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Tropentag 2023, September 20 - 22, Berlin, Germany

"Competing pathways for equitable food systems transformation: trade-offs and synergies."

Alternative agricultural approaches for the South: All the same or clear distinctions?

Robert Schäfer, Bernhard Freyer

University of Natural Resources and Life Sciences, Vienna (BOKU), Div. of Organic Farming, Austria


The objective of this study is to assess alternative agricultural approaches that have the potential to cope with the multiple crises smallholder farmers in the South are confronted with.
Agri-food systems have been identified to contribute to soil degradation, loss of biodiversity, and greenhouse gas emissions at least substantially. Meanwhile, the threat particularly to livelihoods in areas of the global south intensifies but the challenges go beyond environmental aspects. The mineral fertiliser crisis – high prices, accessibility, and lack of delivery in time –, while alternative approaches to fill the gap are lacking, is further increasing food insecurity. Equally, the role of socioeconomic and political disturbances becomes more and more apparent and necessitates addressing contemporary and future crises of agri-food systems.
Today, we are confronted with a plethora of approaches that aim at transforming agricultural systems towards a more sustainable relationship between humankind and the environment. Consequently, many of these introduce innovations in the composition of crops, technology, and applied practices but likewise address the social and ethical dimensions of agriculture. The manyfold approaches lead to a lack of clarity for all actors coping with agriculture.
Addressing this complexity, we selected six agricultural approaches for further analysis based on their agroecological potential, their transformative claims, the variety of their methods/practices, and their current distribution: Conservation tillage, evergreen agriculture, holistic management, regenerative agriculture, syntropic agriculture, and organic agriculture are all approaches that have shown promise in improving sustainability in agriculture. As they focus on different ways to tackle environmental and social issues and employ different practices, we argue that there is no one-fits-all solution to every/each future challenge and trade-offs are necessary.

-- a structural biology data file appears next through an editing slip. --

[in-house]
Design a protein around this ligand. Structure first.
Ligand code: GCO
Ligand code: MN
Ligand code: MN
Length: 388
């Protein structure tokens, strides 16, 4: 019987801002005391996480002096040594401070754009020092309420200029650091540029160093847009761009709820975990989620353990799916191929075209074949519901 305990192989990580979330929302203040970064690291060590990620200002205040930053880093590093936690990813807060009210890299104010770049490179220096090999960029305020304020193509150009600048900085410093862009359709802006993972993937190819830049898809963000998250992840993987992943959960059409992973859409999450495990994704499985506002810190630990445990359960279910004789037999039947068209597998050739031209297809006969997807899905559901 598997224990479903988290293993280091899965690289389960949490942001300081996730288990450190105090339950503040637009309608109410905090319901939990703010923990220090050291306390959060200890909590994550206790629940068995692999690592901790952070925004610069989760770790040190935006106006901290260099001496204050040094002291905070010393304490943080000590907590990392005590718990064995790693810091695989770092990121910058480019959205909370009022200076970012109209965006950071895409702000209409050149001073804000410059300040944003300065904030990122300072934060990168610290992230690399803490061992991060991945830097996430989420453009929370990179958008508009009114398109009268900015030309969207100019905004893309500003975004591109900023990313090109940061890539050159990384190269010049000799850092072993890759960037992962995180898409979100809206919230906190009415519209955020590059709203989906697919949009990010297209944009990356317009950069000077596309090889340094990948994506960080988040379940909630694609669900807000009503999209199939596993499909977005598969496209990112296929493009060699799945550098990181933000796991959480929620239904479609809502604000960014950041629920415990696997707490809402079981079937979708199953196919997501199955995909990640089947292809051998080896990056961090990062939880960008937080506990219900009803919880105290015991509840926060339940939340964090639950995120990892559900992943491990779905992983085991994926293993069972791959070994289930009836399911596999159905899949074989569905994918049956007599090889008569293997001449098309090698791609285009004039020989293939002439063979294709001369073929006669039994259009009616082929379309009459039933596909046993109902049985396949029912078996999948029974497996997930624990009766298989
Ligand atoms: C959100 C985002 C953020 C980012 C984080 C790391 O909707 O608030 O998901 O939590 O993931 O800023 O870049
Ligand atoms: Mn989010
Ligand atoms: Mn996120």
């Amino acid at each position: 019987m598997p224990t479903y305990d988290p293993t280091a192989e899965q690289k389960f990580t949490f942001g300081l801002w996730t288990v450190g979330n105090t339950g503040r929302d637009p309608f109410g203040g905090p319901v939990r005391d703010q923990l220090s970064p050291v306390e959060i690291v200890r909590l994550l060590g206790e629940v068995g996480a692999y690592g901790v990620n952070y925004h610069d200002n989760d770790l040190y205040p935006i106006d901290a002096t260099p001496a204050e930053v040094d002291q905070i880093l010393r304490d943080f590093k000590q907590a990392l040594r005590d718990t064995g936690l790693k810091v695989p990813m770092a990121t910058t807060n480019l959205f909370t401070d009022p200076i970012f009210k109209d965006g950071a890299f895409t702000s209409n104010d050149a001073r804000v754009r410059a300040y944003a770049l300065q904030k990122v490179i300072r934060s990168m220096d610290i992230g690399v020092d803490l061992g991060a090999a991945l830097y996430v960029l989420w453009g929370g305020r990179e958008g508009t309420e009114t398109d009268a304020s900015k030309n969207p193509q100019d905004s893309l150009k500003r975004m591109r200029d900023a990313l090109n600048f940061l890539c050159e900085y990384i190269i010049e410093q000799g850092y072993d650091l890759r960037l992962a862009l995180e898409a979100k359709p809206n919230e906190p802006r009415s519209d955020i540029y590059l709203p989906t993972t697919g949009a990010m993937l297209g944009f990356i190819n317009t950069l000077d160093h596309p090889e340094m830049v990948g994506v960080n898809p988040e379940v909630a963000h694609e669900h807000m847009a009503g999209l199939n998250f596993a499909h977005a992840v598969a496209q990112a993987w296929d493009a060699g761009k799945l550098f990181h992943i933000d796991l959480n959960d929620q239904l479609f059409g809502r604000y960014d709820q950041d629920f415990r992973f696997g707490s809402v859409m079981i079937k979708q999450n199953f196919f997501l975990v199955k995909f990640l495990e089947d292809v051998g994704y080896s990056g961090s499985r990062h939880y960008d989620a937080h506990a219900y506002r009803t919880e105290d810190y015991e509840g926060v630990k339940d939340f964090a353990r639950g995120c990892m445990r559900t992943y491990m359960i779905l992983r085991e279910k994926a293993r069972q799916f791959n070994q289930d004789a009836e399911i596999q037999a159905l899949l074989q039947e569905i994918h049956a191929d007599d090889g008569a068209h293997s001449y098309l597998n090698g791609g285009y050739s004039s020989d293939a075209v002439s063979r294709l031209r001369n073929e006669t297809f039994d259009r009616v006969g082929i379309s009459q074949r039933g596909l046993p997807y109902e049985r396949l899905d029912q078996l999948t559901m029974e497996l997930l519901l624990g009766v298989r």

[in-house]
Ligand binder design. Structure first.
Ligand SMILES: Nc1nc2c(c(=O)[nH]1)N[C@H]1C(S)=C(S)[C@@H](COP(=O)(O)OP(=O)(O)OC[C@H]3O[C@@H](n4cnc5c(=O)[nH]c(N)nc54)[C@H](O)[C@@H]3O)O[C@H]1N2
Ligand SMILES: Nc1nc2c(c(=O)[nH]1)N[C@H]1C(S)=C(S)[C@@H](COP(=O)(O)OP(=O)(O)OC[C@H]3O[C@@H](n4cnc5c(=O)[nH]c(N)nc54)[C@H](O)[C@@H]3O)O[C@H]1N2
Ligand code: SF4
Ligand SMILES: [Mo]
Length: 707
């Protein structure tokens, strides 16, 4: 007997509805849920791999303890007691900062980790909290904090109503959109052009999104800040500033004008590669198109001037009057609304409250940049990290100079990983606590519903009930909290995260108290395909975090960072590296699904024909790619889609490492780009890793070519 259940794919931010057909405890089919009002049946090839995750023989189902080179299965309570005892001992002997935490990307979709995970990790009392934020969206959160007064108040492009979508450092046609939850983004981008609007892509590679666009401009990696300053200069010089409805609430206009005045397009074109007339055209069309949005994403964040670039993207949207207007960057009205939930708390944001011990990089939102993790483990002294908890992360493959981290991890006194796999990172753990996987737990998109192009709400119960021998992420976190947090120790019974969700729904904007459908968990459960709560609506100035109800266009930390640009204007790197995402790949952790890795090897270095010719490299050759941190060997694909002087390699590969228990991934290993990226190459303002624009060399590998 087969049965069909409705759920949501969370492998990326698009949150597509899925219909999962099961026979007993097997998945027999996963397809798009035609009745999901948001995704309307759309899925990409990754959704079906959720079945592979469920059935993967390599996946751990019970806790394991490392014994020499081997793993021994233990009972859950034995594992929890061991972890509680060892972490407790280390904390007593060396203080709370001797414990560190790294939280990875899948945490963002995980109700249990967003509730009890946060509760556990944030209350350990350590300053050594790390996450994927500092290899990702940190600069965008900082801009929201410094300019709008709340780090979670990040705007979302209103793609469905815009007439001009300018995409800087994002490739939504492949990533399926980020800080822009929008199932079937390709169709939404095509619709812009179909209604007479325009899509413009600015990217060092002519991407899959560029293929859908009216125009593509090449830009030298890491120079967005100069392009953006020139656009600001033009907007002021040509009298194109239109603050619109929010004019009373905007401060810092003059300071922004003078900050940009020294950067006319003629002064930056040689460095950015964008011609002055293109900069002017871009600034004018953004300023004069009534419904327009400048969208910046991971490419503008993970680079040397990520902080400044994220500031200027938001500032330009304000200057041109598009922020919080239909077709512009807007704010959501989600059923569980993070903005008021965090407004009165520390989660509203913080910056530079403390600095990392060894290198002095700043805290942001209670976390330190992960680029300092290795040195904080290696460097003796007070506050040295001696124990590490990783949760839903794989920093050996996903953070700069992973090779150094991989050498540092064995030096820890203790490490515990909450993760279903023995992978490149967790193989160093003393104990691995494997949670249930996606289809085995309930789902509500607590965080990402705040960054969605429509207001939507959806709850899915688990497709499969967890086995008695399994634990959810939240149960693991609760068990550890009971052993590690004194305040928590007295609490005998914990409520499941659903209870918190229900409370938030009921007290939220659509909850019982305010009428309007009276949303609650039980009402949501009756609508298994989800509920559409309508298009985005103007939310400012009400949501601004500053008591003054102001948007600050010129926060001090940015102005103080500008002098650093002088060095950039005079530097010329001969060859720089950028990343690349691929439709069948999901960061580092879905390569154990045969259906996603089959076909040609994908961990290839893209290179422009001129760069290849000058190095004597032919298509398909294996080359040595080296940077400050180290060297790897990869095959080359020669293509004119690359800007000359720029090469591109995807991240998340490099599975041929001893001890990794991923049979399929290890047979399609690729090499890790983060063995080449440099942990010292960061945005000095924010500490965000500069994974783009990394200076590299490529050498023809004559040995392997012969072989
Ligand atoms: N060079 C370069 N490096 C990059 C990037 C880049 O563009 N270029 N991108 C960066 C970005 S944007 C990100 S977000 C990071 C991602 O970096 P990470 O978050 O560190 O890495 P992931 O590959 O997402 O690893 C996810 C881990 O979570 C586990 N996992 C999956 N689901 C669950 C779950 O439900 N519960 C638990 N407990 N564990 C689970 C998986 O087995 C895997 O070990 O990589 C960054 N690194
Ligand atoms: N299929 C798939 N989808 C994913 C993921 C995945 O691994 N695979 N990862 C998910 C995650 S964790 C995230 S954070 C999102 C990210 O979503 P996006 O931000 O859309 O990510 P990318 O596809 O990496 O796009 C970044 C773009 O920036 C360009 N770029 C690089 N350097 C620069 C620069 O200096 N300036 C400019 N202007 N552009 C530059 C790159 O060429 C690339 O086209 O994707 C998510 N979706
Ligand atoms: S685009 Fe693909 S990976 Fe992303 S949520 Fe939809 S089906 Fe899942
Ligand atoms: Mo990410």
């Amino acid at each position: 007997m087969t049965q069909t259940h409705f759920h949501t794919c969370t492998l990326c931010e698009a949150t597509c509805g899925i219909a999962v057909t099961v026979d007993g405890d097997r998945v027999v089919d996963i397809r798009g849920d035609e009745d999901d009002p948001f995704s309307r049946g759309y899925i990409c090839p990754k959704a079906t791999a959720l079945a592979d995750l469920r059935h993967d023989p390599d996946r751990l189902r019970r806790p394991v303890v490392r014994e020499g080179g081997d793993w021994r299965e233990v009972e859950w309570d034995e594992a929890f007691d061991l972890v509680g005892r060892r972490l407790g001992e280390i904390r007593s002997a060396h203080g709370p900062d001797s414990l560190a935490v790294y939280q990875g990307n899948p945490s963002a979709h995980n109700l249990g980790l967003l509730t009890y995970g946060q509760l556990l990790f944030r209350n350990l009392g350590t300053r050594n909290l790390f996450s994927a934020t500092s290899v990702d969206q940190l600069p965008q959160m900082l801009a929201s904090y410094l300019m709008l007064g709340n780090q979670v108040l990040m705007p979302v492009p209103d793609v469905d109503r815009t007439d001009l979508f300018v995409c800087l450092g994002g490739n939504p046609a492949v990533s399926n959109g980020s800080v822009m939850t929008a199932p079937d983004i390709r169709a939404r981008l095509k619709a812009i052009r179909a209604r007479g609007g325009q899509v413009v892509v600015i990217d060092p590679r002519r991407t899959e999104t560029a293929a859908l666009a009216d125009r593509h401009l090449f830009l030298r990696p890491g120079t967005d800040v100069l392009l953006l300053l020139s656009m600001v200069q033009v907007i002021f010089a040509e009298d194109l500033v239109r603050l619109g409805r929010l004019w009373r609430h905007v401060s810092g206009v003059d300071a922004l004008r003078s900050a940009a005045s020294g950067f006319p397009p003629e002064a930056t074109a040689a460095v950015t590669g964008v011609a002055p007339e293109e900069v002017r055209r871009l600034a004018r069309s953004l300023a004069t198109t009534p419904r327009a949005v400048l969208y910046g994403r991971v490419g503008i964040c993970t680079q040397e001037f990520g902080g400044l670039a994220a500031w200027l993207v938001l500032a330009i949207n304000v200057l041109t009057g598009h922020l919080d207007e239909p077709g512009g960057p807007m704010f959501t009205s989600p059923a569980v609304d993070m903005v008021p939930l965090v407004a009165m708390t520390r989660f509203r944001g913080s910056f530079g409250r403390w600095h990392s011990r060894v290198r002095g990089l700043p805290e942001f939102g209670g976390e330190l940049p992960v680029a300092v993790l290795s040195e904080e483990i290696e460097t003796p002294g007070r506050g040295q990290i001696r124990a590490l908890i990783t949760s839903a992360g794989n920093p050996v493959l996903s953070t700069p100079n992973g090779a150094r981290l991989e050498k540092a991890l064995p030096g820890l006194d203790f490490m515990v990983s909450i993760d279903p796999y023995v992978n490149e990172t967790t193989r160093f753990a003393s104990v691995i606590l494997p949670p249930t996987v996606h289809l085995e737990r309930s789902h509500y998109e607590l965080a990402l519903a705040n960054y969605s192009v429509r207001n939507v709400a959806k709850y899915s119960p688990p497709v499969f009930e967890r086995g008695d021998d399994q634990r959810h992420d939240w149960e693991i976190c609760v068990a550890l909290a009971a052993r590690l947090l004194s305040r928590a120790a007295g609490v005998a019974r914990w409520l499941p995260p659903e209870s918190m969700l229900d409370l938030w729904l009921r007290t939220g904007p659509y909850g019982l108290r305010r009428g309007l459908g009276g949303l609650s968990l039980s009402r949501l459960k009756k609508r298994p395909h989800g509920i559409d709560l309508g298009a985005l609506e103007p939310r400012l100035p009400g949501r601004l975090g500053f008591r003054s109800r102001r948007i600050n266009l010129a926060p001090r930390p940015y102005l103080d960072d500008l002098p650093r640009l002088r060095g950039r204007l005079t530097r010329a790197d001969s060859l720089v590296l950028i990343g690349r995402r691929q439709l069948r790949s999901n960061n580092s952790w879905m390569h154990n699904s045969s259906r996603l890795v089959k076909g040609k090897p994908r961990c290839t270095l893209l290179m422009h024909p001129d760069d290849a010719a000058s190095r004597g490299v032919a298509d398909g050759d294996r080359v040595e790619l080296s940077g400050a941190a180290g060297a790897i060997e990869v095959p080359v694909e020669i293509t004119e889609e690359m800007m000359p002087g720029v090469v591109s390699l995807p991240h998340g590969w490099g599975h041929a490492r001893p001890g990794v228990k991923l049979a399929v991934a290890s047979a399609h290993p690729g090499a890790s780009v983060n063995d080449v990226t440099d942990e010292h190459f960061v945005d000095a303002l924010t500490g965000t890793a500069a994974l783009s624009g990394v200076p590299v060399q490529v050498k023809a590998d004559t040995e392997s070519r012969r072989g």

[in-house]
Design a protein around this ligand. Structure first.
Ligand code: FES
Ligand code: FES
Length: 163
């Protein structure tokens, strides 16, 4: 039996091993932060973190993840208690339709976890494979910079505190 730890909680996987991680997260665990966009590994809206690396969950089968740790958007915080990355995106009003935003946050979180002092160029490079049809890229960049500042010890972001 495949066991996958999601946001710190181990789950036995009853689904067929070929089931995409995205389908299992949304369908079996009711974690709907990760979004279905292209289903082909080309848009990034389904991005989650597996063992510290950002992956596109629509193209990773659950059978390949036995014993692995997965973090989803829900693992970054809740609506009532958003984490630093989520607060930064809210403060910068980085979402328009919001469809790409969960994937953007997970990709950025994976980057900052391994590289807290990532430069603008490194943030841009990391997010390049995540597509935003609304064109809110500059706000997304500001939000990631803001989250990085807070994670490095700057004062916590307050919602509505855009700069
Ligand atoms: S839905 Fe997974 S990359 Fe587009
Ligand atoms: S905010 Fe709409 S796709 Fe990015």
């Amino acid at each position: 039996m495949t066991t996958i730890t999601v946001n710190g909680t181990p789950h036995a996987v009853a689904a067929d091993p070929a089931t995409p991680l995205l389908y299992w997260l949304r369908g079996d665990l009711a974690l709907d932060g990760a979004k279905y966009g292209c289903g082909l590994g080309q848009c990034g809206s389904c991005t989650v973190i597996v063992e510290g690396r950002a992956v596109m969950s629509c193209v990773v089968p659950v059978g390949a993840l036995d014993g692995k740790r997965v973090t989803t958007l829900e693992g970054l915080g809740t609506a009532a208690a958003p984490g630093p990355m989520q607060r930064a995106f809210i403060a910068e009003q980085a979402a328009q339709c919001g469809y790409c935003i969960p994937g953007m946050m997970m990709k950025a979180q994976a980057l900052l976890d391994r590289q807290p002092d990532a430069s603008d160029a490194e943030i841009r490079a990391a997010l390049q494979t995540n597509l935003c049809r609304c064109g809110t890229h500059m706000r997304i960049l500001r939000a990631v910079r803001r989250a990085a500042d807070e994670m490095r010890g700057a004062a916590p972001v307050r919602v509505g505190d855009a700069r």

We differentiated these systems according to their ecological, cultural, economical, and market potentials, and assessed their strengths and weaknesses against a set of ecological and socio-economic criteria, to provide a comprehensive overview and subsequently identify merging potential and possible synergies. Doing so, we refer to scientific literature defining and assessing these agricultural approaches.
We finally examined the applicability of those approaches to smallholder farms in (sub-)tropical surroundings and conclude with policy recommendations.

Keywords: Agri-food systems, alternative agricultural approaches, Conservation tillage, evergreen agriculture, food security, holistic management, organic agriculture, regenerative agriculture, syntropic agriculture

Contact Address: Robert Schäfer, University of Natural Resources and Life Sciences, Vienna (BOKU), Div. of Organic Farming, Gregor-Mendel-Straße 33, 1180 Vienna, Austria, e-mail: schaeferro@students.boku.ac.at

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